PLEASE NOTE: Not all COSEWIC reports are currently available on the SARA Public Registry. Most of the reports not yet available are status reports for species assessed by COSEWIC prior to May 2002. Other COSEWIC reports not yet available may include those species assessed as Extinct, Data Deficient or Not at Risk. In the meantime, they are available on request from the COSEWIC Secretariat.
The Loggerhead Shrike is a medium-sized songbird, about 21-23 cm in length. Males and females are similar in appearance. The top of the head, back and rump are dark grey; the underparts are white to greyish. The wings are largely black but a white wing patch is conspicuous in flight. The tail feathers are black, with some tipped with white. A black facial mask covers the eye and extends over the beak. The Loggerhead Shrike is notable for its raptor-like beak, and predatory and impaling behaviours. It may also be useful as a bio-indicator or ‘flagship’ species for grassland birds of high conservation concern.
In eastern Canada, this grassland bird species has been experiencing large-scale population declines and range contractions since at least 1970. There has been a 26% observed reduction in the number of mature individuals over the last 10 years in Ontario. These declines are primarily related to loss of suitable grassland habitat on both the breeding and wintering grounds. The Canadian population now numbers fewer than 110 mature individuals.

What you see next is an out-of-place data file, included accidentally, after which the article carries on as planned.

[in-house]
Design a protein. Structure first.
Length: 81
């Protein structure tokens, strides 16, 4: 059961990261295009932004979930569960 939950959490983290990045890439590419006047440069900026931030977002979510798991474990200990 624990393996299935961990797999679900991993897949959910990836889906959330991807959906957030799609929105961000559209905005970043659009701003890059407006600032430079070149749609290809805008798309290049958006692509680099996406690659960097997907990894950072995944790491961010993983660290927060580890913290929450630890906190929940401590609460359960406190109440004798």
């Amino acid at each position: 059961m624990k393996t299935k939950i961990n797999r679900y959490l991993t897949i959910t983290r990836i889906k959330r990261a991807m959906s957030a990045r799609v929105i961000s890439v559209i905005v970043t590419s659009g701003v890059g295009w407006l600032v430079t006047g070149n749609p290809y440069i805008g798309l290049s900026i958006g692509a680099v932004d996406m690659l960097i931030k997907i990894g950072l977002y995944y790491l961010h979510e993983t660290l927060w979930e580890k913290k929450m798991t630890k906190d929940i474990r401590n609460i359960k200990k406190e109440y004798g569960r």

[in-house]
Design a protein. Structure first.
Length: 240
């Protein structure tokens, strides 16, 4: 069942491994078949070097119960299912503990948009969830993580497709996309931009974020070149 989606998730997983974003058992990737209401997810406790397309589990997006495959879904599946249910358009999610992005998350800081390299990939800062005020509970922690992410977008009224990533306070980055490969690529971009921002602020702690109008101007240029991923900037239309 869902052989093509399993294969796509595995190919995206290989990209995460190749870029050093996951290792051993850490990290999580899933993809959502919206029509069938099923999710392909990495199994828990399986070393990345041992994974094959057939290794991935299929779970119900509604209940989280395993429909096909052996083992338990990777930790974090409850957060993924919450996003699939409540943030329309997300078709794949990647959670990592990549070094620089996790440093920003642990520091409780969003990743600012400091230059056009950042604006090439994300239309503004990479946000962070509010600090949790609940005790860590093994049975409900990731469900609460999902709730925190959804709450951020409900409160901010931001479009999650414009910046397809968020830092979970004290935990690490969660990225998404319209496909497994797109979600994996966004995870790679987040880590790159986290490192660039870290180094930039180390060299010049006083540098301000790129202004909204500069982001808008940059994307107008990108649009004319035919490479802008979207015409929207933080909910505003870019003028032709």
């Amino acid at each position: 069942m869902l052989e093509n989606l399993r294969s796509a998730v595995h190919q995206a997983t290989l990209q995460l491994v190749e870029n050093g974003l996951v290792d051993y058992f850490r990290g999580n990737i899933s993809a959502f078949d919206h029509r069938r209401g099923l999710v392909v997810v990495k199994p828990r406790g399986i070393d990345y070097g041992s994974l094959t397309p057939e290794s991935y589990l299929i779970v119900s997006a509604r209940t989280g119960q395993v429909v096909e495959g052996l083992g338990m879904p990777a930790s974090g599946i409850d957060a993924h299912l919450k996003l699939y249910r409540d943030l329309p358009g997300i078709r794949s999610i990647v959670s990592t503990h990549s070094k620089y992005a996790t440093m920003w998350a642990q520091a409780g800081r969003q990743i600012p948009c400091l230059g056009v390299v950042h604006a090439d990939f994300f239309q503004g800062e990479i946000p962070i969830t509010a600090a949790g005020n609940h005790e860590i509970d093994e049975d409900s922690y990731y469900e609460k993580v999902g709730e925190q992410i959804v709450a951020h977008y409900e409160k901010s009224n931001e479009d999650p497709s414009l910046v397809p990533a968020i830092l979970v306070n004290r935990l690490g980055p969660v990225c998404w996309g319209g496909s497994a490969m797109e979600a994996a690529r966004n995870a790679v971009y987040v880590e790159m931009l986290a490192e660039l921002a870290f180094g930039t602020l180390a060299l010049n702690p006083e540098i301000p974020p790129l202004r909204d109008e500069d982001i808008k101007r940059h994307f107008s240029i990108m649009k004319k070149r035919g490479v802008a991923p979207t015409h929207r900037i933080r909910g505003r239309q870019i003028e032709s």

Under Canada’s Species at Risk Act (SARA), the foremost function of COSEWIC is to "assess the status of each wildlife species considered by COSEWIC to be at risk and, as part of the assessment, identify existing and potential threats to the species".
COSEWIC held two Wildlife Species Assessment Meetings in this reporting year (October, 2013 to September, 2014) from November 24 to November 29, 2013 and from April 27 to May 2, 2014. During the current reporting period, COSEWIC assessed the status or reviewed the classification of 56 wildlife species.
The wildlife species assessment results for the 2012-2013 reporting period include the following:
Special Concern: 20
Data Deficient: 0
Not at Risk: 1
Of the 56 wildlife species examined, COSEWIC reviewed the classification of 40 that had been previously assessed. The review of classification for 25 of those wildlife species resulted in a confirmation of the same status as the previous assessment.
The Government of Canada is committed to preventing the disappearance of wildlife species at risk from our lands. As part of its strategy for realizing that commitment, on June 5, 2003, the Government of Canada proclaimed the Species at Risk Act (SARA). Attached to the Act is Schedule 1, the list of the species provided for under SARA, also called the List of Wildlife Species at Risk. Extirpated, Endangered and Threatened species on Schedule 1 benefit from the protection of prohibitions and recovery planning requirements under SARA. Special Concern species benefit from its management planning requirements. Schedule 1 has grown from the original 233 to 521 wildlife species at risk.
Please submit your comments byApril 15, 2015, for terrestrial species undergoing normal consultationsand byOctober 15, 2015, for terrestrial species undergoing extended consultations.For a description of the consultation paths these species will undergo, please see:Species at Risk Public Registry website